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been said that its presence will sometimes oc contains no air, as it is expelled during the act casion an uneasy sense of weight in a weak of freezing, consequently it is remarkably vapid; stomach. The quantity of this salt varies con- but it soon recovers the air it had lost, by exsiderably; but, in general, it appears that the posure to the atmosphere. proportion of five grains in a pint of water will Lake water is a collection of rain, spring, and constitute hardness, unfit for washing with scap, river waters, contaminated with various animal and for many other purposes of domestic use. and vegetable matter, which from its stagnant Animals
appear to be more sensible of the im- nature have undergone putrefaction in it. This purities of water than man. Horses, by an in- objection may be urged with greater force against stinctive sagacity, always prefer soft water; and the use of water collected in ponds and ditches, when, by necessity or inatiention, they are con- and which the inhabitants of some districts are fined to the use of that which is hard, their coats often under the necessity of drinking. I have become rough and ill-conditioned, and they are known an endemic diarrhea to arise from such a frequently attacked with the gripes. Pigeons circumstance. are also known to refuse hard, after they have • Marsh water, being the most stagnant, is the been accustomed to soft water.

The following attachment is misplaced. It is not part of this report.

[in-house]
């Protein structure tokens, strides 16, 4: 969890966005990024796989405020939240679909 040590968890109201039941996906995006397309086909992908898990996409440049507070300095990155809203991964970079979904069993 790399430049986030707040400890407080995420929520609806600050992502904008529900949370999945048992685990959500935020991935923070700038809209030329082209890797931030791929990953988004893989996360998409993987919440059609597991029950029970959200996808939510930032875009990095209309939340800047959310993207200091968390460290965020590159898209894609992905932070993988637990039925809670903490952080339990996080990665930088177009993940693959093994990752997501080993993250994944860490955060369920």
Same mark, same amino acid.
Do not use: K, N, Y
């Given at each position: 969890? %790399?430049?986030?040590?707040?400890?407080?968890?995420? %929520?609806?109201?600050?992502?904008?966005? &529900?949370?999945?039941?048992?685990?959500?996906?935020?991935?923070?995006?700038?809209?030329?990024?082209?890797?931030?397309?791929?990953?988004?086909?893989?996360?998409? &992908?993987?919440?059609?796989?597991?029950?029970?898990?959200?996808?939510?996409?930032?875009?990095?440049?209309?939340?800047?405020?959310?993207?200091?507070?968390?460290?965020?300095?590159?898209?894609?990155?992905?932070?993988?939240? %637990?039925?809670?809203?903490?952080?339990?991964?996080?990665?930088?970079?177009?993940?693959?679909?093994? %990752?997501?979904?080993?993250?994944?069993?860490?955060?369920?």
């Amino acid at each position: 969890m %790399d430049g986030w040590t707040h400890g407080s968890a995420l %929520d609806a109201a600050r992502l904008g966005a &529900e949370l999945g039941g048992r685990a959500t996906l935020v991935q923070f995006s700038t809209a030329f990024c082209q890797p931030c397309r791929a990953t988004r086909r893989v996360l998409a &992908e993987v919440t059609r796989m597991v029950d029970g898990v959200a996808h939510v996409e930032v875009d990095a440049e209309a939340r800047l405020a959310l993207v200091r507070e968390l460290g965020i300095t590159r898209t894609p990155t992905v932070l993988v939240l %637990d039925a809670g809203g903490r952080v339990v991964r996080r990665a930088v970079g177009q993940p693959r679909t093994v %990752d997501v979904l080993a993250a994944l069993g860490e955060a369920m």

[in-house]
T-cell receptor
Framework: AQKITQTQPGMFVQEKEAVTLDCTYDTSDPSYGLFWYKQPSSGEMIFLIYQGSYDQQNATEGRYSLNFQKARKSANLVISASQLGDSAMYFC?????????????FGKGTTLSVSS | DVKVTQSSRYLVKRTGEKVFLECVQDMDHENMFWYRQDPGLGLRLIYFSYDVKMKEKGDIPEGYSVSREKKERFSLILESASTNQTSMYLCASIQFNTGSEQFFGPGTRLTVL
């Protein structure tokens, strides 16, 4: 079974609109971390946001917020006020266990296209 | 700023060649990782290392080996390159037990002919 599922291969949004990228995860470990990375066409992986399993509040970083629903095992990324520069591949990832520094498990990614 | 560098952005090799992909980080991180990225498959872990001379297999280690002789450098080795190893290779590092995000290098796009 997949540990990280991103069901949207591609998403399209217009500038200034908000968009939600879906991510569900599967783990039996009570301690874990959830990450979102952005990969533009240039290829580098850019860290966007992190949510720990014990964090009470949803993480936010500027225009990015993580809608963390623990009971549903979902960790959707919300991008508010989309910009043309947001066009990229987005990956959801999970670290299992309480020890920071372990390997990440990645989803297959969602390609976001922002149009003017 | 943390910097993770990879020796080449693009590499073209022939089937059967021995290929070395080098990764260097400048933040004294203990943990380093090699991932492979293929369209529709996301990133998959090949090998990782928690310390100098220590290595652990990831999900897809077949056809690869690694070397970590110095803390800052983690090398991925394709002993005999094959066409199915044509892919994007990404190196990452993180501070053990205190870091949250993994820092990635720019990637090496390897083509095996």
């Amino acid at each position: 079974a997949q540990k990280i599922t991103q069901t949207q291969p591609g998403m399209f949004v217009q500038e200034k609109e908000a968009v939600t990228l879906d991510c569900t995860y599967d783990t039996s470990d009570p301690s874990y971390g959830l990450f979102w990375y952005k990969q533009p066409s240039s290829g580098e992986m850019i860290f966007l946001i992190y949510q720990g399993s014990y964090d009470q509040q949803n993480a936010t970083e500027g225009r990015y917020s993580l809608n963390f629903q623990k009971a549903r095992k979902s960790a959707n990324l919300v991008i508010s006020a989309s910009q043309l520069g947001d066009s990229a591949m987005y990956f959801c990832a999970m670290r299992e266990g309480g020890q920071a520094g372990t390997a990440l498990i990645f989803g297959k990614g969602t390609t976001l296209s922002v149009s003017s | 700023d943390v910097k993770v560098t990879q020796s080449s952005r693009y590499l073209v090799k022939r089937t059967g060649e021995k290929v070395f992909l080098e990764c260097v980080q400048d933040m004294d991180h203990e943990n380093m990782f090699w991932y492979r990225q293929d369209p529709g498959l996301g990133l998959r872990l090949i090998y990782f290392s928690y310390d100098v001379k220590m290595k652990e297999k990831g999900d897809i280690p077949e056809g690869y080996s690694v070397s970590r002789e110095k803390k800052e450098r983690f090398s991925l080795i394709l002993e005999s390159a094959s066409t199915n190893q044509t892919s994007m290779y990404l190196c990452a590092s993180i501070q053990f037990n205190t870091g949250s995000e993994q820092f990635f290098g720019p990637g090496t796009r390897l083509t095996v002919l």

most impure of all water, and is generally loaded River water.—This, being derived from the with decomposing vegetable matter. There can conflux of numerous springs with rain water, be no doubt, that numerous diseases have sprung generally possesses considerable purity; that the up from its use.' proportion of its saline contents should be small, The juices and infusions of vegetable and is easily explained by the precipitation which animal matter,' says Dr. Paris, constitute the must necessarily take place from the union of second division of drinks. By impregnating different solutions : it is, however, liable to hold water with the soluble parts of toasted bread, it in suspension particles of earthy matter, which will frequently agree with those stomachs which impair its transparency, and sometimes its sa- rebel against the use of the pure fluid. It is thus lubrity. This is particularly the case with the rendered slightly nutritive, holding a certain porSeine, the Ganges, and the Nile : but as the im- tion of gum and starch in solution. Sir A. Carlisle purities are, for the most part, only suspended, recommends that it should be prepared with hard and not truly dissolved, mere rest or filtration biscuit, reduced by fire to a coffee color. This will therefore restore to it its original purity. The drink, he says, being free from yeast, is a most chemist, therefore, after such a process, would be agreeable beverage. Much depends upon the unable to distinguish water taken up at London water being at a boiling temperature, and it ought from that procured at Hampton-court. There to be drank as soon as it has cooled sufficiently; exists a popular belief, that the water of the for, by keeping, it acquires an unpleasant flavor. Thames is peculiarly adapted for the brewery of Infusions of other kinds of bread, in particular porter; it is only necessary to observe, that such of toasted oat-cakes, also dried or toasted aatwater is never used in the London breweries. meal, have been recommended; but the taste of The vapid taste of river, when compared with such finfusions would not be palatable to any spring, water, depends upon the loss of air and one who has not been accustomed to oat-bread. carbonic acid, from its long exposure.